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One of the giants of the Canadian audio industry passed away on April 8 at his family home in Thornhill, ON, at the age of 80. Howard Heiber was Owner, President and CEO of Audio Products International Corp. (API) from the time he formed the company in 1973, to the time he sold it to Klipsch Group, Inc. in 2006.
Based in Scarborough, ON, API was best known as the parent company of three leading speaker brands: Energy, Mirage, and Sound Dynamics. But API began as an OEM supplier, building private-label speakers for large retailers, as well as speakers for Japanese multi-nationals and North American specialty brands.
In the early 1980s, API acquired Sound Dynamics and Energy from the Canadian OEM customer that owned those brands, and in the mid-1980s acquired the Mirage brand under similar circumstances. Under API’s ownership, all three brands attracted a loyal following of audio enthusiasts and music-lovers in Canada and around the world.
API was also an active participant in the pioneering research into acoustics and speaker design at Canada’s National Research Council (NRC) in Ottawa.
At its peak, API employed 350 people and had annual sales in the high tens of millions of Canadian dollars. Its products were sold in over 70 countries. Now retired, Barry Ogg joined API in 1988 and served as Senior Vice President. Ogg says API was one of the top five specialty speaker companies in North America in terms of annual volume, and probably one of the top 10 in the world.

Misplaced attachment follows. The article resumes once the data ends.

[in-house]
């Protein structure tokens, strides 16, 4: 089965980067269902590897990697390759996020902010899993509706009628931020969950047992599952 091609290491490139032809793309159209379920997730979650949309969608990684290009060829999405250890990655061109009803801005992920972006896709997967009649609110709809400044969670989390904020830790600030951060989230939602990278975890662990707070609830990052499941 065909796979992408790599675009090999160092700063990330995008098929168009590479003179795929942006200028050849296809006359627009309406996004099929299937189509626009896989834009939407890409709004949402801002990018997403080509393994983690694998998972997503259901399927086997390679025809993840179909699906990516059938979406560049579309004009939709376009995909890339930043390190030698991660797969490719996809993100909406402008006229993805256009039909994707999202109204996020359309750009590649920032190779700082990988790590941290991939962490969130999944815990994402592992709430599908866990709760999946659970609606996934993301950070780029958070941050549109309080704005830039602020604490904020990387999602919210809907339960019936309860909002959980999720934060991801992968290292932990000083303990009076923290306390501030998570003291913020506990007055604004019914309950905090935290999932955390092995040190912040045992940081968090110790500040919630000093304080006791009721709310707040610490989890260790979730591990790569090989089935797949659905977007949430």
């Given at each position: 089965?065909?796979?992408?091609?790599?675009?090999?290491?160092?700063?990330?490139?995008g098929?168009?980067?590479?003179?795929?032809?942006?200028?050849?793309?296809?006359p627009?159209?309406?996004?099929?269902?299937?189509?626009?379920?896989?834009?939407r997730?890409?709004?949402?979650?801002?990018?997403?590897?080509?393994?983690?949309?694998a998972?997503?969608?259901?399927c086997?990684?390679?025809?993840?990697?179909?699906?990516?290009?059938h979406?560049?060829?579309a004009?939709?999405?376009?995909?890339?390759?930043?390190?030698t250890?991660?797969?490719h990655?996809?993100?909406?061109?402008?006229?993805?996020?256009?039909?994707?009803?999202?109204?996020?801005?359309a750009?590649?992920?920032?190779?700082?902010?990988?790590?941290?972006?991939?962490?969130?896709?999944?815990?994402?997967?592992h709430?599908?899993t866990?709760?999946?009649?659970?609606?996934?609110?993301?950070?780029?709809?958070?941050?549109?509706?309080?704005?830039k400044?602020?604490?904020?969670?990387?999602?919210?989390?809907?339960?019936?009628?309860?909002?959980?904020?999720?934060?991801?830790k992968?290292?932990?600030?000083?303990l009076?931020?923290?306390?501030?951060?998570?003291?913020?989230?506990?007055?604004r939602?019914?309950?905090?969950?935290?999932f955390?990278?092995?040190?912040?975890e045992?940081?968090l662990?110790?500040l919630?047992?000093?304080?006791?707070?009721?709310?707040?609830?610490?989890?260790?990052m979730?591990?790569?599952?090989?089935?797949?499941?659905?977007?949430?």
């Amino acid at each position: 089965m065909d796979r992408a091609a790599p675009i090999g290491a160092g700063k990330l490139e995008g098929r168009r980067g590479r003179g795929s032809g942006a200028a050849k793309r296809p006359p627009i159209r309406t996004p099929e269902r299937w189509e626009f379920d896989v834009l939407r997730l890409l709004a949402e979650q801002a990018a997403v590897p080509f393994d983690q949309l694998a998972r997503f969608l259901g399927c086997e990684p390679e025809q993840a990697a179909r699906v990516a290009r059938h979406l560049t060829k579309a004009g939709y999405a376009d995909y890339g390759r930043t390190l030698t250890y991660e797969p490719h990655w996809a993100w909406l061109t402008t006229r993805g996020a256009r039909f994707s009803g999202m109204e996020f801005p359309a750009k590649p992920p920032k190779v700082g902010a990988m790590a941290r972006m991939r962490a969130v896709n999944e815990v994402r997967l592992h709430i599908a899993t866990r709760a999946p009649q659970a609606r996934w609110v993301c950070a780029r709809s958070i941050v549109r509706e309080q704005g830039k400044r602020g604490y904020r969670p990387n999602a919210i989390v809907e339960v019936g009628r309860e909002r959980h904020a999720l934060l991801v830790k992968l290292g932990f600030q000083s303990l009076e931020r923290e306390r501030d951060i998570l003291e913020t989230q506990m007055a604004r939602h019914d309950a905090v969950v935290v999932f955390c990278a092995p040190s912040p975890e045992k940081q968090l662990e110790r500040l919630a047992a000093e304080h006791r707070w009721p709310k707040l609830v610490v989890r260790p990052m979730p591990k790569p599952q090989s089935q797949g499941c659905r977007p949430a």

In the late 1990s, API added another brand — Athena — which it built for the Best Buy chain in the US. The deal followed two years of intense negotiations, Ogg says. “It was the biggest order we ever wrote. The Athena brand went into over 500 stores.”
Ogg managed the business side of API, Anthony Mosley (who died in 2007 at the age of 50) served as VP of sales and marketing, and Ian Paisley (now retired) served as VP of engineering. “Howard oversaw all operations, but his main focus was the factory,” Ogg says.
In the early 2000s, it became increasingly difficult for companies like API to stay price-competitive while continuing to manufacture in North America. “We held off for a long time, but eventually we had to move production of less expensive products offshore,” Ogg recalls. This situation led to Heiber’s decision to sell API to Klipsch Group in 2006. Klipsch was later acquired by Voxx International.
Dick Tuerlings, who is now Managing Director of the Audio Division for Gentec International, Klipsch’s Canadian distributor, joined API in 2002, and served as its Director of Sales for Europe. He recalls his first meeting with Heiber, which took place immediately after his job interview with Mosley. “Howard sat there in silence for about 10 minutes,” Tuerlings says. “That was his way of judging someone’s character. He really cared about his staff, but was a very astute businessman. He surrounded himself with strong people, and let them run the business.”
Almost without exception, people who worked at API and then went on to other companies, describe their time at API as “the golden era of their careers,” Ogg says.
Heiber cared about sound, and he also cared about music. He was a gifted trumpeter, and played in amateur jazz bands. Heiber also supported local musicians, such as Toronto’s Holly Cole Trio, who in the mid-1990s were ambassadors for the Energy brand.
Howard Heiber is survived by his wife Rhoda, daughter Nancie and her four children, and son Michael.